New Internationalist

Chemicals of concern

Issue 428

A new US bill is aiming for tough screening of toxic chemicals. Roxana Olivera reports.

A far-reaching bill that seeks to set safe levels for controversial chemicals known as endocrine disrupters is making its way to the United States Congress and Senate this week. Democratic Congressman Jim Moran of Virginia and Democratic Senator John Kerry of Massachusetts are expected to introduce the Endocrine Disruption Prevention Act of 2009 on Thursday, 3 December.

If the bill passes, the National Institute of Environmental Health Sciences (NIEHS) would have the mandate to conduct cutting-edge research for the purpose of identifying and determining the safety of endocrine-disrupting chemicals (EDCs). These chemicals, also known as hormone disruptors, are human-made compounds that interfere with hormone production, behaviour and metabolism.

Recent scientific studies have associated many of these chemicals with a number of endocrine-related disorders, including Alzheimer’s, Parkinson’s, diabetes, attention deficit hyperactivity disorder (ADHD), cardiovascular disease, obesity, early puberty, infertility and cancer.

There is mounting evidence from human and lab animal studies that suggests that health effects can be most damaging when exposure to the chemicals occurs early in life, even at the prenatal stage.

Recent scientific studies have associated many of these chemicals with a number of endocrine-related disorders, including Alzheimer’s, Parkinson’s, diabetes, attention deficit hyperactivity disorder (ADHD), cardiovascular disease, obesity, early puberty, infertility and cancer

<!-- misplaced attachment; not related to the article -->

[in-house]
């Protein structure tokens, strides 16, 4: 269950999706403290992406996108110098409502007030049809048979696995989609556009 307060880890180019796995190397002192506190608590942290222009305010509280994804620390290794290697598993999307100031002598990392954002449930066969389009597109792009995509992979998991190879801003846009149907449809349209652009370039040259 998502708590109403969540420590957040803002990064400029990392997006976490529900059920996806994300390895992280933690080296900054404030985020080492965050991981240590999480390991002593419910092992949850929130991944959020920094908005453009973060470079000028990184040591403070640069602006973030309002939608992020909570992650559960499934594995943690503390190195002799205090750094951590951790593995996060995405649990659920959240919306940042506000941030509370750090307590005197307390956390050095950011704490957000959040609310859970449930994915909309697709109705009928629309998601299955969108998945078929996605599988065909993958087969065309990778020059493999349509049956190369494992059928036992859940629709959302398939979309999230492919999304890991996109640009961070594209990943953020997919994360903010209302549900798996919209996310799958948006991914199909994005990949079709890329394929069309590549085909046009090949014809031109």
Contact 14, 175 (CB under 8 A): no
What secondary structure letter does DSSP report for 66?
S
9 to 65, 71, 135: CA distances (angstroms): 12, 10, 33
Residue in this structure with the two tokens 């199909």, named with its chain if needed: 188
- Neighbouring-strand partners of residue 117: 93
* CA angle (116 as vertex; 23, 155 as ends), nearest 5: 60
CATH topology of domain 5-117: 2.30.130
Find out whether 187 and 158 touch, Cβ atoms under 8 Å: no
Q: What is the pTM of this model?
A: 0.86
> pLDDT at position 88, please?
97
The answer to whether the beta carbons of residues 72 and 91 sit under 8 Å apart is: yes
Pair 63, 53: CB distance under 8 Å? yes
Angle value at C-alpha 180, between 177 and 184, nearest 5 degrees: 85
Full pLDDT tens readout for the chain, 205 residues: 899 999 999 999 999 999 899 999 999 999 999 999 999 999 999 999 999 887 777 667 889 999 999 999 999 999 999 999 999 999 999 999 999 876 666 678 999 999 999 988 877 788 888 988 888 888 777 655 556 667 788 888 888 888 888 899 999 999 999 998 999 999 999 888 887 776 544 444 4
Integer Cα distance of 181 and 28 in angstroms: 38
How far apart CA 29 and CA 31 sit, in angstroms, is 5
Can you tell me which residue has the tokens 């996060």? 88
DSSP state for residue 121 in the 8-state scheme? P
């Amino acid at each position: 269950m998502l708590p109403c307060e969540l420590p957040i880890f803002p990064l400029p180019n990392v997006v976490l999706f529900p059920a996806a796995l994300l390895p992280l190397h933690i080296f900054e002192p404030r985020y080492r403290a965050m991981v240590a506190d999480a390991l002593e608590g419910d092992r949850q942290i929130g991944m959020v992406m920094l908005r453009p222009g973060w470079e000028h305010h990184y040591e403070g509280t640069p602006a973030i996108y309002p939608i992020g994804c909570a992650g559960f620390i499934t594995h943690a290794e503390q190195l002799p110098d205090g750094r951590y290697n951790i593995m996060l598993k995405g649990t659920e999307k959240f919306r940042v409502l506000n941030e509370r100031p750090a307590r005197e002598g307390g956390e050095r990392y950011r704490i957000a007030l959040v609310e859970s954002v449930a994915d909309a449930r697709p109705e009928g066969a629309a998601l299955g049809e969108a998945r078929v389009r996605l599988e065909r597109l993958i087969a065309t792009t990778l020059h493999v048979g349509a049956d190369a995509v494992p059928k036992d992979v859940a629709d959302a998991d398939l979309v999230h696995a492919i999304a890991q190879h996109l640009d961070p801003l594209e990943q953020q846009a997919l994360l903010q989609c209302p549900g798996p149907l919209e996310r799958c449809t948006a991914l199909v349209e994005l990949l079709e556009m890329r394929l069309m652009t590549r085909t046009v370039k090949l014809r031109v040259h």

The bill aims to prevent and reduce the production of toxic chemicals and to minimize public exposure to them through improved testing and regulation. In a departure from classic testing which focuses on one-chemical-at-a-time, the research would rely on updated testing models that take into account the cumulative and aggregate risks of exposure as well as the timing of exposure.

An expert panel, to be appointed by the NIEHS director and to be made up of independent scientists with established expertise in endocrine disruption research, would develop an inventory of chemicals of concern.

The panel would evaluate the level of hazard posed by the targeted chemicals and submit its findings to the appropriate federal regulatory agency for action.

Under the bill, federal regulatory agencies would be required to communicate to the NIEHS, and produce a report to Congress as to their proposed course of action in light of the panel’s findings.

A federal database would be established to collect information from all regulatory agencies in order to track the multiple routes of exposure to endocrine-disrupting chemicals.

Earlier this year, both the Endocrine Society and the American Medical Association expressed their concern over widespread exposure to endocrine-disrupting chemicals. In June, the Endocrine Society warned that EDCs are ‘a significant concern to public health’. The agency proposed a series of recommendations for the development of preventative guidelines and regulations.